Leave The Tails On Shrimp To Avoid A Common Overcooking Error

When you see shrimp cocktail at a party, you instantly get excited to park yourself at the table and dig in rather than talking to people. However, that enthusiasm may dwindle if you bite into a rubber band. The line between buttery and rubbery is a thin one, but there are ways to make sure you stay on the right side of it (and don't ruin the party). For example, you can toss shrimp with baking soda to improve their texture. The alkalinity of baking soda makes shrimp more plump and juicy. Or you can pound shrimp with a rolling pin for perfectly crisp fried shrimp.

One trick is even easier: Leave the tails on your shrimp when you cook them. This will not only help prevent the shrimp from overcooking, but it will make your shrimp look better too. To learn why this works, let's take a closer look at how shrimp are shaped.

The anatomy of a shrimp impacts how it cooks

When cooking protein, it's important to work with an ingredient that is uniformly shaped. This is why cooks tie up roasts or pound chicken breasts into cutlets. Shrimp are always unevenly shaped. The top of a piece of shrimp (the part just below the head) is its thickest point. As you travel down to the bottom, the shrimp gets steadily thinner. This means that the bottom part will naturally overcook before the top part is finished cooking.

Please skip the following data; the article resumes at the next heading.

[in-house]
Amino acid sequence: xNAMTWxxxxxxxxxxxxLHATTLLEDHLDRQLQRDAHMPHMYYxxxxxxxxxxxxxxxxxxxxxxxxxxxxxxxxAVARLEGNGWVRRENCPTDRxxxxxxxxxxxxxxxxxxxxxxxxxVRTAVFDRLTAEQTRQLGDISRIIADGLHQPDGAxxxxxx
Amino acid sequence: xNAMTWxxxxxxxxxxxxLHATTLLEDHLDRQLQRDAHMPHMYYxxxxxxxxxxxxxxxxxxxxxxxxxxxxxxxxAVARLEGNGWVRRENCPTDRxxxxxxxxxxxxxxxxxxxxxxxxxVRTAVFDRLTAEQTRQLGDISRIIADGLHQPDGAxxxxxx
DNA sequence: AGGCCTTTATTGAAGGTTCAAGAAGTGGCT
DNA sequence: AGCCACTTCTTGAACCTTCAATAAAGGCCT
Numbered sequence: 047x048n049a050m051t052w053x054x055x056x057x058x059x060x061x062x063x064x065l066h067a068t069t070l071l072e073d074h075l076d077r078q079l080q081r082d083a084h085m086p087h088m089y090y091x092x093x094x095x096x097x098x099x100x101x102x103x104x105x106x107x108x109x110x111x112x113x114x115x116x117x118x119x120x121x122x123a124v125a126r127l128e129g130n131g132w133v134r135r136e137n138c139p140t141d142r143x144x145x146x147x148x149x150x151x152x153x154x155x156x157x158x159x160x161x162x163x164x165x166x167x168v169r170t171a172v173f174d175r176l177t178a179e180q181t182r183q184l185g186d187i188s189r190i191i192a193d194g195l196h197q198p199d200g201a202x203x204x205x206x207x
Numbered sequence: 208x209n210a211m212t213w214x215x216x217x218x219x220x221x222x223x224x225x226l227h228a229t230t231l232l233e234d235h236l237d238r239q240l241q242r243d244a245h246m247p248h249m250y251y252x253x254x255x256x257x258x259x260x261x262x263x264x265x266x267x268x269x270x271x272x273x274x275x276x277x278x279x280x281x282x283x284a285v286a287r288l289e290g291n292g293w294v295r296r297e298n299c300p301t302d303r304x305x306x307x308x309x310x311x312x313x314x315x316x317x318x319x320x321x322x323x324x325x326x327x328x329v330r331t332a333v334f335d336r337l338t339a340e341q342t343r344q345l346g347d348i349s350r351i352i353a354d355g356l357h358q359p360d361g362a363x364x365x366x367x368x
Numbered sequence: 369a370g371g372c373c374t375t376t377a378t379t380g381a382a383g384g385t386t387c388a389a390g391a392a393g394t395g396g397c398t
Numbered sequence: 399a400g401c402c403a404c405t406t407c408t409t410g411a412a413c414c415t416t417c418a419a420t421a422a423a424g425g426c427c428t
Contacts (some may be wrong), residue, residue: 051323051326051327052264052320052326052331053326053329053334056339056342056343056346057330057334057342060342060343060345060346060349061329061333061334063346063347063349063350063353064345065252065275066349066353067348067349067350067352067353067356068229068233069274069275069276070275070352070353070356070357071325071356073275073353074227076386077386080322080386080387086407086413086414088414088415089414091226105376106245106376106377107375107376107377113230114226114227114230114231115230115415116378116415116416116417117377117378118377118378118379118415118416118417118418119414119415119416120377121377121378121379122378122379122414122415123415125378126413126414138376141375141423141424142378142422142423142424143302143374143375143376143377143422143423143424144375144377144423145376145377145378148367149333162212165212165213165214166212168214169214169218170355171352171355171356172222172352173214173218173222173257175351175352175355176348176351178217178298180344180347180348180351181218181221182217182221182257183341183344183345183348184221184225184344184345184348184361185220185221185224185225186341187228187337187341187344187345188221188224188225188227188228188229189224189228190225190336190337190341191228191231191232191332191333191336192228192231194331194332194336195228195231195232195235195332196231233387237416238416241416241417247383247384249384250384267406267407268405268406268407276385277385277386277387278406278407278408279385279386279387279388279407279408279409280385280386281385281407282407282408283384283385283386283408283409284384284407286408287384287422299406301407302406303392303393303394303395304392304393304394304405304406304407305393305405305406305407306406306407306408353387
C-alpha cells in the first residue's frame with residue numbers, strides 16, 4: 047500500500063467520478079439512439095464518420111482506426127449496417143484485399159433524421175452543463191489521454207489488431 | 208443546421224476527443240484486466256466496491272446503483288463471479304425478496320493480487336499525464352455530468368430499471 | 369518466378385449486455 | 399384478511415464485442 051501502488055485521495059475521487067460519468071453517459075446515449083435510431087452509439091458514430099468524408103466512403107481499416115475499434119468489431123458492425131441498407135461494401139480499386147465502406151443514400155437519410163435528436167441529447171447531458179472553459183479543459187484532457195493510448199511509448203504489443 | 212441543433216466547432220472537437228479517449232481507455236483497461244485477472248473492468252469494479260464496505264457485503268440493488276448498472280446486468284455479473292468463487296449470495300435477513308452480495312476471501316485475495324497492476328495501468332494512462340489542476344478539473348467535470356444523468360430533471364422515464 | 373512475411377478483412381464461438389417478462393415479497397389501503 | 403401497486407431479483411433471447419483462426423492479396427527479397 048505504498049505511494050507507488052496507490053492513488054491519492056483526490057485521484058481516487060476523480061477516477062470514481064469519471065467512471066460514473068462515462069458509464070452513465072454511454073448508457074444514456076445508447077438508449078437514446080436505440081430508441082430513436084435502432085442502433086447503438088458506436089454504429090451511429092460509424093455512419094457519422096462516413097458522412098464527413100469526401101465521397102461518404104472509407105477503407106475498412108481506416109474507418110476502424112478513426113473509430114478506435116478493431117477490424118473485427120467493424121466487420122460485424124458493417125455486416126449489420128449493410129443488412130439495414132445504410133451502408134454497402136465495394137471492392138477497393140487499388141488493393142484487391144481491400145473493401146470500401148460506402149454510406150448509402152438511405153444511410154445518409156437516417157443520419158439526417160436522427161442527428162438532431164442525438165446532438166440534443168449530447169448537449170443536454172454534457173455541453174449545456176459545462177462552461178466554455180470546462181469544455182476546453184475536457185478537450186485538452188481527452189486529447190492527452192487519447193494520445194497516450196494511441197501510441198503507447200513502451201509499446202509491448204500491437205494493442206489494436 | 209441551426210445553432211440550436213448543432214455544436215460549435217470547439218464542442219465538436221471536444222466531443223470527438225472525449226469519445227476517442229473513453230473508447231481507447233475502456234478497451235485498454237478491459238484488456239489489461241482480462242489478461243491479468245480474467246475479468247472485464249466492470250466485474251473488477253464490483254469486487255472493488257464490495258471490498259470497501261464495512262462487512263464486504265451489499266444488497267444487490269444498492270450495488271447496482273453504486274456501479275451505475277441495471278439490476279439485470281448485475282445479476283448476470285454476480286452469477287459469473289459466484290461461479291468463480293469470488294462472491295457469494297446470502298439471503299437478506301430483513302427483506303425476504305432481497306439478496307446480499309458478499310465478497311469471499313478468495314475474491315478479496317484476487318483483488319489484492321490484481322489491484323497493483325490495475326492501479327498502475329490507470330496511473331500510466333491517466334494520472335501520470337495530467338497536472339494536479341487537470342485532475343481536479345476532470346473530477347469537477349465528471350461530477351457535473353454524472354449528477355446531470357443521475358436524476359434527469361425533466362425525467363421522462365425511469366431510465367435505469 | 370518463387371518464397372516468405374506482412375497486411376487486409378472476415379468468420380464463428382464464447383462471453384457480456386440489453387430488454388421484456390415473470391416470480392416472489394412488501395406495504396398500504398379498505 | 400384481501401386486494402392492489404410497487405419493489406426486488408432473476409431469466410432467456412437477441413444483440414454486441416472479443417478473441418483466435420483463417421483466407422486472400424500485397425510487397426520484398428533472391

The solution to this is simple; all you need to do is leave the shrimp's tail on. The tail will insulate this thin area and prevent the meat from overcooking. Because this area is protected by the shell, it takes longer to cook. This creates the effect of a more uniformly thick piece of shrimp.

Leaving the tail on also has aesthetic purposes. The tail anchors the shrimp and stops it from deforming. If you are sauteing shrimp, this is especially important. Without the tail, a piece of shrimp will curl up when it hits a hot pan. This leads to a final dish that looks less appetizing and uniform.

Fine tuning shrimp at the tail-end

This technique only presents one issue. If you leave the tail on, the diner needs to remove the tail with their hands when eating. This is fine for shrimp preparations that are meant to be eaten by hand. Leaving the tail on fried shrimp or shrimp cocktail gives the eater a convenient handle. It's less convenient when the shrimp is meant to be eaten with a fork or spoon, like in scampi or gumbo.

Fortunately, this too has an easy solution. Simply cook the shrimp with the tail on, let it cool while you prepare the rest of your dish, take the tail off the shrimp, and return them to the dish to heat up before serving.

Let's say you're preparing some simple shrimp congee. Start by cooking your tail-on shrimp, and then remove them from the heat once they're cooked. While you build the rest of the congee, the shrimp will cool to the point that they can be handled. Once they're cool to touch, remove the tails. When you're spooning your rice porridge into a bowl, it's time to add the shrimp back in. Adding it at the very end means that the shrimp will warm up, but not overcook.

And hey, maybe you want to leave the tails on for dinner. It's perfectly safe to eat shrimp tails, after all, and they're packed with healthy nutrients. Maybe it's time to try something new!